Occasional constipation can happen to anyone, but for approximately 35 million Americans living with a condition called chronic idiopathic constipation (CIC) it’s an ongoing problem.i,ii* CIC is characterized by symptoms like abdominal pain and bloating over a long period of time (more than six months).iii
The exact cause of CIC is unknown, so diagnosing and managing this seldom talked-about condition can be especially tricky. Complicating things further, bathroom taboos can leave people with the condition feeling embarrassed and like no one understands. With CIC estimated to affect nearly twice as many women as men,ii Takeda is recognizing Constipation Awareness Month this December in an effort to increase understanding about the impact of CIC on women and to help open the conversation about this rarely talked about topic.
“Although CIC is relatively common and treatable, many women with the condition may feel uncomfortable talking about it and/or believe that they have no choice but to accept symptoms as an unavoidable, yet highly disruptive, part of their lives,” said Jen Majka, Vice President, U.S. GI Retail Franchise. “As part of our ongoing commitment to patients, we are hoping to help open the dialogue and increase understanding about this taboo topic, with the goal of educating and empowering women with the condition to self-advocate and not accept CIC symptoms as something they just have to suffer with in silence.”
Findings from a national survey called Current Insights about Constipation conducted online between April 16 and June 6, 2018 by The Harris Poll on behalf of Shire, now part of Takeda, reveal new insights about how CIC affects the daily lives of women living with it. For example, the majority of women with CIC say they generally never feel well (75%) and that they often have to put their lives on pause (68%) because of the condition. Yet, more than 8 in 10 (84%) feel that no one understands the negative impact CIC has on their everyday lives.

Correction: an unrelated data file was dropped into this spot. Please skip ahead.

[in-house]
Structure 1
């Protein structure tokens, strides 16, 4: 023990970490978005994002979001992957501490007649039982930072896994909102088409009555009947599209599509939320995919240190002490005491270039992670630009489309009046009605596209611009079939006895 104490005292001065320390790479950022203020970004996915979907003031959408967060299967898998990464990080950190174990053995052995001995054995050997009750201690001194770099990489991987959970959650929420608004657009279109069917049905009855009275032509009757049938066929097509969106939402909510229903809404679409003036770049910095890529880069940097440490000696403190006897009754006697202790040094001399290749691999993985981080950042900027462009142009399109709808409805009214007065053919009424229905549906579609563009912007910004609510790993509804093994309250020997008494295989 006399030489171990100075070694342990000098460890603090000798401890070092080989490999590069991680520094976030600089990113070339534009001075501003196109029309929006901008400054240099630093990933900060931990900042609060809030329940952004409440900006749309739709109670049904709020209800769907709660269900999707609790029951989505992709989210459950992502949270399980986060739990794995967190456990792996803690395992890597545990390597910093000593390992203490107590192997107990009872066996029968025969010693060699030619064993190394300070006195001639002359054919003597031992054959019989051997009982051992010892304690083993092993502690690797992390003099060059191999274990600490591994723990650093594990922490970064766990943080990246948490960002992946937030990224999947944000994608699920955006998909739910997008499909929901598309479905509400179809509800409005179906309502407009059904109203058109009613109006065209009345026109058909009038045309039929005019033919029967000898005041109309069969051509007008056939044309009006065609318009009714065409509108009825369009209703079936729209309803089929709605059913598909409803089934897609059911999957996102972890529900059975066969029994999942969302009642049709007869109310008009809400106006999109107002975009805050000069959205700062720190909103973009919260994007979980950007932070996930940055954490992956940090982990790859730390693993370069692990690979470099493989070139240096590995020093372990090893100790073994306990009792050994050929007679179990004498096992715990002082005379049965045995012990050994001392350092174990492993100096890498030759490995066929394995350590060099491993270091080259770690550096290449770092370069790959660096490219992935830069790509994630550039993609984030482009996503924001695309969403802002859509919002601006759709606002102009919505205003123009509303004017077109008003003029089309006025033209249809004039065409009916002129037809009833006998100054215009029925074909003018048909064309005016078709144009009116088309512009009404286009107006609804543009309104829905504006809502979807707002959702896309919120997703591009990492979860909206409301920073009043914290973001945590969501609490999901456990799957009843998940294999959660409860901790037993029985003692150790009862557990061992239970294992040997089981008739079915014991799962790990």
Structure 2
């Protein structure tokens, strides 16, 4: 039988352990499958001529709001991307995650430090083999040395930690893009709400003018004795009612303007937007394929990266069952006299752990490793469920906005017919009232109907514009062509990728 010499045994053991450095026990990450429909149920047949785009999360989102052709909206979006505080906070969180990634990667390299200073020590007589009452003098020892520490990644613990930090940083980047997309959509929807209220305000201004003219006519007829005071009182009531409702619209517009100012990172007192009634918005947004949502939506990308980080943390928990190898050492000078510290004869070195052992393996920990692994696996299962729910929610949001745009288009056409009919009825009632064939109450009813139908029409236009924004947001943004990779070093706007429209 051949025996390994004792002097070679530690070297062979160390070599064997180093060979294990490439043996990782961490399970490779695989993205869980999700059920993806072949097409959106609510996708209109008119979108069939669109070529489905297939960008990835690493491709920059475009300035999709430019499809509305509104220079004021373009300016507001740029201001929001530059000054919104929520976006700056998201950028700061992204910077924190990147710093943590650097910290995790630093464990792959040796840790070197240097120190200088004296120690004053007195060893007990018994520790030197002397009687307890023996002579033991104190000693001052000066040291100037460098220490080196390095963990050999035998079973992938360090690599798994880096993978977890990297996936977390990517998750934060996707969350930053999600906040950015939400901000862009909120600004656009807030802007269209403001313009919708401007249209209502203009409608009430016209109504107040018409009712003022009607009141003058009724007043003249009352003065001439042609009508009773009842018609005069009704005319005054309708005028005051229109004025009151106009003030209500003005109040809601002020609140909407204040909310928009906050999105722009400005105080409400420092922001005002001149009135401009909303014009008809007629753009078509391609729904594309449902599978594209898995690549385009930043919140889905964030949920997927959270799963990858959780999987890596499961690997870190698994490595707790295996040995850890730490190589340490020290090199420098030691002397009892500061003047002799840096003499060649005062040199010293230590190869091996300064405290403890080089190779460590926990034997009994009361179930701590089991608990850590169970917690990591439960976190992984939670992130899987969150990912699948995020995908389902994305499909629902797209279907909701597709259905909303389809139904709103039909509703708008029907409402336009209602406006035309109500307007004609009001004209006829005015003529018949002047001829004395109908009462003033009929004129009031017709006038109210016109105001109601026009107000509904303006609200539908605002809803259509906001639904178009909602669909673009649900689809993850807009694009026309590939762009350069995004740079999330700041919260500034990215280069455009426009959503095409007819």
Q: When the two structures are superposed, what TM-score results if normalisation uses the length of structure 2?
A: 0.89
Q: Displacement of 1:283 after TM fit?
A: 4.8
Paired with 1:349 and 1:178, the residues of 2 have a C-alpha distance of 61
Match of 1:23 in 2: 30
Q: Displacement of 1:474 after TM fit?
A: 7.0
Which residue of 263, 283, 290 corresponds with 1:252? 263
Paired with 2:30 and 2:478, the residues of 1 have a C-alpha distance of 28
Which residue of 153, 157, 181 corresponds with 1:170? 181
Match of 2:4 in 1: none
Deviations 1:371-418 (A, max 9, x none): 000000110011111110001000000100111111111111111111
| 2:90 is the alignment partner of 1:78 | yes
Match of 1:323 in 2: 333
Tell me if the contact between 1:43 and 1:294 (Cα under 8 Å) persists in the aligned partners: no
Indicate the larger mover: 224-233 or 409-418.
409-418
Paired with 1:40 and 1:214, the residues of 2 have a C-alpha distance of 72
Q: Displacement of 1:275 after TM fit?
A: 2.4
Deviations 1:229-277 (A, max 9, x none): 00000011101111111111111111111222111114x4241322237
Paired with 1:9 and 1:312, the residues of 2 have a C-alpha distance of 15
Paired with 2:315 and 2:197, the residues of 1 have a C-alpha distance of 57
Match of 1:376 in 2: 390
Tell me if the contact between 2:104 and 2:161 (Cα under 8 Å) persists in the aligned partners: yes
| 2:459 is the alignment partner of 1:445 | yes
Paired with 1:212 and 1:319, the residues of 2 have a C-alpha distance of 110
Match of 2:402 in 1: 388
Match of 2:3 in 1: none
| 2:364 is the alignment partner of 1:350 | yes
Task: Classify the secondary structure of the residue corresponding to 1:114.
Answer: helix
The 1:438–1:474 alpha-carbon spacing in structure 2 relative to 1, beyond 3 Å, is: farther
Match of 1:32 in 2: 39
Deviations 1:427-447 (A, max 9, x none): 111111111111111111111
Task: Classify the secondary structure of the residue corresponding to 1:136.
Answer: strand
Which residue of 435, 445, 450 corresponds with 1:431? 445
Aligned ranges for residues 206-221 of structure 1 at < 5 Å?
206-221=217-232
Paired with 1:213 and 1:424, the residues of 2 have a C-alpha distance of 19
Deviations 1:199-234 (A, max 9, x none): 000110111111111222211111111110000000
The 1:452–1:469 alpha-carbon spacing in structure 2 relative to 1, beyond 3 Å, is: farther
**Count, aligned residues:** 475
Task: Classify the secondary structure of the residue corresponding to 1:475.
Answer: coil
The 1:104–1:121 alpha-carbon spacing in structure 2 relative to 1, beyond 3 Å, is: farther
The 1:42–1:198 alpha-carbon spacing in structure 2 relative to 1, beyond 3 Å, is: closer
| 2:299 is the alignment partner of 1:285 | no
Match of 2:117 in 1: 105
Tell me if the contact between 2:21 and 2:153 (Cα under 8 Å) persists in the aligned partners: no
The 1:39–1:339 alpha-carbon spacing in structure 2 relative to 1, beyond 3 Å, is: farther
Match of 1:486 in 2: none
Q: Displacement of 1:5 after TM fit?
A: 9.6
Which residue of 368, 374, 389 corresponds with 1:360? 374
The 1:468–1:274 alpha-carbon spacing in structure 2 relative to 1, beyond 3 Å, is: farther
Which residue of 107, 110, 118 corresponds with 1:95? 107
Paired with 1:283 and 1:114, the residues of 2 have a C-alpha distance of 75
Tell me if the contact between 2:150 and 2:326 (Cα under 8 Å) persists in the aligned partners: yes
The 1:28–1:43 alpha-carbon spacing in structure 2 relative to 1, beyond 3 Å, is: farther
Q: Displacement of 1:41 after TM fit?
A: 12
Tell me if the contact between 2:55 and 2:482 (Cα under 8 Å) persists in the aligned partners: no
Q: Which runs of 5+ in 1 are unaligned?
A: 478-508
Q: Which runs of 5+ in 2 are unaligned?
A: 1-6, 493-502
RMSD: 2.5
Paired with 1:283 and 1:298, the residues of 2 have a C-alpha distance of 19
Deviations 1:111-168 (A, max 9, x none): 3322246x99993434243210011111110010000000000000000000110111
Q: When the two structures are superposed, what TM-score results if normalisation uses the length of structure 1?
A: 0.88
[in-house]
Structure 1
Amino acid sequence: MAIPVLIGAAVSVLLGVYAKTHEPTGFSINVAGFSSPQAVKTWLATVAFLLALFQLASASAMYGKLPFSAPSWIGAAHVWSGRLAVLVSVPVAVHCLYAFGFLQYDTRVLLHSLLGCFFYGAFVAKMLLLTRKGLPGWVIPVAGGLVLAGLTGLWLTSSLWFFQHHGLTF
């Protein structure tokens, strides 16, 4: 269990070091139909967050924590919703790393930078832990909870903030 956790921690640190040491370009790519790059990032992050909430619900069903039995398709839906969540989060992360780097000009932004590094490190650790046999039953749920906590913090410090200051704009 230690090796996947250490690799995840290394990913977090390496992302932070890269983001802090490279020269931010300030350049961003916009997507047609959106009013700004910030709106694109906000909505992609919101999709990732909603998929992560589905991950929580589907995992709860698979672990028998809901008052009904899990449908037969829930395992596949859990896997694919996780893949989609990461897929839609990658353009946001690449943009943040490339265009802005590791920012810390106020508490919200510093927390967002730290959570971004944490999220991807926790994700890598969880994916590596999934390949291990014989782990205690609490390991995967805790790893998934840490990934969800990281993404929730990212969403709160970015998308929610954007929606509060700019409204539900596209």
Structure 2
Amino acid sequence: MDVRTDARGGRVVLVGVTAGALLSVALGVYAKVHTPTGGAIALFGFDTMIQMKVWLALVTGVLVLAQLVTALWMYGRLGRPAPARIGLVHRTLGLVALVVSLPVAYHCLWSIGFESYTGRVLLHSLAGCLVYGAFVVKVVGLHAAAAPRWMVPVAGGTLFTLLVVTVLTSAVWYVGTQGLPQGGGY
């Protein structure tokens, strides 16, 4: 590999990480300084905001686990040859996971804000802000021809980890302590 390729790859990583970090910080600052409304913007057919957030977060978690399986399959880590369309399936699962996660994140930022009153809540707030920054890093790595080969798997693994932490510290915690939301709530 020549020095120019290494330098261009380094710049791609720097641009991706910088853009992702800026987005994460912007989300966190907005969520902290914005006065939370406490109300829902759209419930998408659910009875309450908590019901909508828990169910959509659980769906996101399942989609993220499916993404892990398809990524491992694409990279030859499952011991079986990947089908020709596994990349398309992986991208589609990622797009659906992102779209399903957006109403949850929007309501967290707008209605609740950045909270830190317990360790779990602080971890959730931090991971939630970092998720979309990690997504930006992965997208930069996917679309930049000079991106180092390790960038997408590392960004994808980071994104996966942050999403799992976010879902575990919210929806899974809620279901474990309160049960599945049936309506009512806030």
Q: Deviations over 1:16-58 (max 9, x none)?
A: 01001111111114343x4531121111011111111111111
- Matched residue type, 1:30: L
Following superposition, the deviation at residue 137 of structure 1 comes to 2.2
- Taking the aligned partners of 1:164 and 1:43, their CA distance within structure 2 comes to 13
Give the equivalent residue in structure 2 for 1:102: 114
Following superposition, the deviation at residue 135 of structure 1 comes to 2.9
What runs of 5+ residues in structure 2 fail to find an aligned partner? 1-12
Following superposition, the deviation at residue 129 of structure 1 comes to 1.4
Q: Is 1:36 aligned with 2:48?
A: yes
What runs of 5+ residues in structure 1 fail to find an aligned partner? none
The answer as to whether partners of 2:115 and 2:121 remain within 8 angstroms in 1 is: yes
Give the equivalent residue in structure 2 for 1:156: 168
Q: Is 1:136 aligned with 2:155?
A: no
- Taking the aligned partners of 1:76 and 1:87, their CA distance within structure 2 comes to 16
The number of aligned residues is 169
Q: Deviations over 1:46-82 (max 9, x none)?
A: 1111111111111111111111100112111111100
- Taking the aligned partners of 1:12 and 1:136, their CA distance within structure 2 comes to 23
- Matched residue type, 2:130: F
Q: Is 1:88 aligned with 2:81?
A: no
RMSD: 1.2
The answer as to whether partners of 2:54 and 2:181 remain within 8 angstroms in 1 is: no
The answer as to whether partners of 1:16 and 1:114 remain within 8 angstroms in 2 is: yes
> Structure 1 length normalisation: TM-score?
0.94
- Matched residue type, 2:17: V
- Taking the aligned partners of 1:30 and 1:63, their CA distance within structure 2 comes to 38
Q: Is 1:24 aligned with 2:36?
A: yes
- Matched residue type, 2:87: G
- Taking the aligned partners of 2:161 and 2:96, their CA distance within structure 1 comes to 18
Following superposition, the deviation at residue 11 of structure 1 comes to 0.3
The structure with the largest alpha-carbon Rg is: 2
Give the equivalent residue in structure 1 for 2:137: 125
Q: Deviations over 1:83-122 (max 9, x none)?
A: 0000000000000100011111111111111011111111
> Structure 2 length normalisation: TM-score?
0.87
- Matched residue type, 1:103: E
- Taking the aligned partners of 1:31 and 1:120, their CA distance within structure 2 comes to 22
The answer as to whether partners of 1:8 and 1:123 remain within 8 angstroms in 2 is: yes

“The impact on patients living with chronic and disruptive GI conditions, such as CIC, is under-appreciated. For more than two decades, Takeda has been dedicated to increasing awareness and providing support, education and treatment options to the GI community,” said Majka. “We remain passionately committed to supporting patients and shaping the future of gastroenterology for people living with CIC and other chronic GI conditions.”
To learn more about CIC, visit www.TheColonMoves.com.
About the Current Insights about Constipation Survey
The Current Insights about Constipation Survey was conducted online within the U.S. by The Harris Poll on behalf of Shire between April 16 and June 6, 2018. Shire is now a part of Takeda. The patient arm of the survey included a total of 881 U.S. adults aged 18+ (N=274 male and N=607 female) who have been diagnosed by a healthcare professional with CIC and who sought treatment for the condition (“people with CIC” or “CIC patients”). The professional arm of the survey included 250 GIs licensed to practice in the U.S. who have seen 15 or more CIC patients in the past month. For complete research method, including weighting variables and subgroup sample sizes, please contact Kara Hoeger, director, therapeutic area lead, corporate communications, Takeda, at email@example.com.
* This represents ~14% of the U.S. population as of July 1, 2018 Census Bureau Data.
i US Census Data Available at: https://www.census.gov/quickfacts/fact/table/US/PST045216. Accessed November 13, 2019.
ii Suares NC, Ford AC. Prevalence of, and Risk Factors for, Chronic Idiopathic Constipation in the Community: Systematic Review and Meta-analysis. The American Journal of Gastroenterology 106, 1582-1591 (September 2011) | doi:10.1038/ajg.2011.164
iii Lacy BE, Mearin F, Chang L, et al. Bowel Disorders. Gastroenterology. 2016;150:1393-407.